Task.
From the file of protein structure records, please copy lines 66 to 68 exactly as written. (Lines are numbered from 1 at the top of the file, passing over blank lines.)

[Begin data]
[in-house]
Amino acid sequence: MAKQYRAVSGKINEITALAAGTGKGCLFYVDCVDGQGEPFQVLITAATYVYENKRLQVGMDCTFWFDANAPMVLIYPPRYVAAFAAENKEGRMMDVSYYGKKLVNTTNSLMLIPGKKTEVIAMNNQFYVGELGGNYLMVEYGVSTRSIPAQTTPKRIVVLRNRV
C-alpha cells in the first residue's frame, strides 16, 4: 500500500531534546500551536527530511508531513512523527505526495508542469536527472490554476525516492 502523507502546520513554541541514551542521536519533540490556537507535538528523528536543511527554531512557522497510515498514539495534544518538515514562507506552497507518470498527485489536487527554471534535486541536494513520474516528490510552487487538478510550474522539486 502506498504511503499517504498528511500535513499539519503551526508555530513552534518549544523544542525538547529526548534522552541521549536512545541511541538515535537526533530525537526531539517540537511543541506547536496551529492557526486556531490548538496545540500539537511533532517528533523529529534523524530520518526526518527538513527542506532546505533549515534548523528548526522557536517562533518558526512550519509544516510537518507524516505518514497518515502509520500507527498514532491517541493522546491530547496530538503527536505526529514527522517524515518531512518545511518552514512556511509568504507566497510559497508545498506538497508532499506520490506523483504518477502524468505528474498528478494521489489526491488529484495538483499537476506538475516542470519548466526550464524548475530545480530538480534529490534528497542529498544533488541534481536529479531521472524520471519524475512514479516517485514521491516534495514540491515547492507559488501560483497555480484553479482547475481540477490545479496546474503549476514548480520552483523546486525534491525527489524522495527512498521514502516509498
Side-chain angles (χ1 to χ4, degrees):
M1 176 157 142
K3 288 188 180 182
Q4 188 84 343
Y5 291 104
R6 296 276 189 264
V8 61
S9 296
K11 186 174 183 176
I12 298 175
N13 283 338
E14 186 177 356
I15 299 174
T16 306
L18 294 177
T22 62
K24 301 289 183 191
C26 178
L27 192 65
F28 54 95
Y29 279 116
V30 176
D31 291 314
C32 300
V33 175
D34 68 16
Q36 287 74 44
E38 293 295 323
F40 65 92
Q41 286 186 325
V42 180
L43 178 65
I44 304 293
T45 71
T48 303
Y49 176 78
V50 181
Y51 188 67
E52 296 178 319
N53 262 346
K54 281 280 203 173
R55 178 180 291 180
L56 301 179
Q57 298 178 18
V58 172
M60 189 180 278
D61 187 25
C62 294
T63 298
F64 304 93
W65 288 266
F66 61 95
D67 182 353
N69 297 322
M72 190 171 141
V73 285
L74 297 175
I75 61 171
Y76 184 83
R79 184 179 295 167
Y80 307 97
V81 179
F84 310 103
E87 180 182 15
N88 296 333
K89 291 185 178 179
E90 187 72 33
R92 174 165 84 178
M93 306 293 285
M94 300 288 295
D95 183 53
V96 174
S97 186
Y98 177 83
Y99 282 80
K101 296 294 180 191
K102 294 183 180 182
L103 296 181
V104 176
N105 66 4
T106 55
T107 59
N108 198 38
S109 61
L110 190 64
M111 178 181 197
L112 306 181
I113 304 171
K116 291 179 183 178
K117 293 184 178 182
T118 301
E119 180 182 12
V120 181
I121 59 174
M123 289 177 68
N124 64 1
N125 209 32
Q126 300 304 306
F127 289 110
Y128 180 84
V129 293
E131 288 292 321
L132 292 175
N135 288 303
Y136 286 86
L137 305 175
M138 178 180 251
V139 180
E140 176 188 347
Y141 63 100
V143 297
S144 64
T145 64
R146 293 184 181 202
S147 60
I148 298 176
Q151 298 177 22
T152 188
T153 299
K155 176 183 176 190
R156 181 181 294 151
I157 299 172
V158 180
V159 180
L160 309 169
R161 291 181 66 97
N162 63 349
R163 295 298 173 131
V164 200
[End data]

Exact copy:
F84 310 103
E87 180 182 15
N88 296 333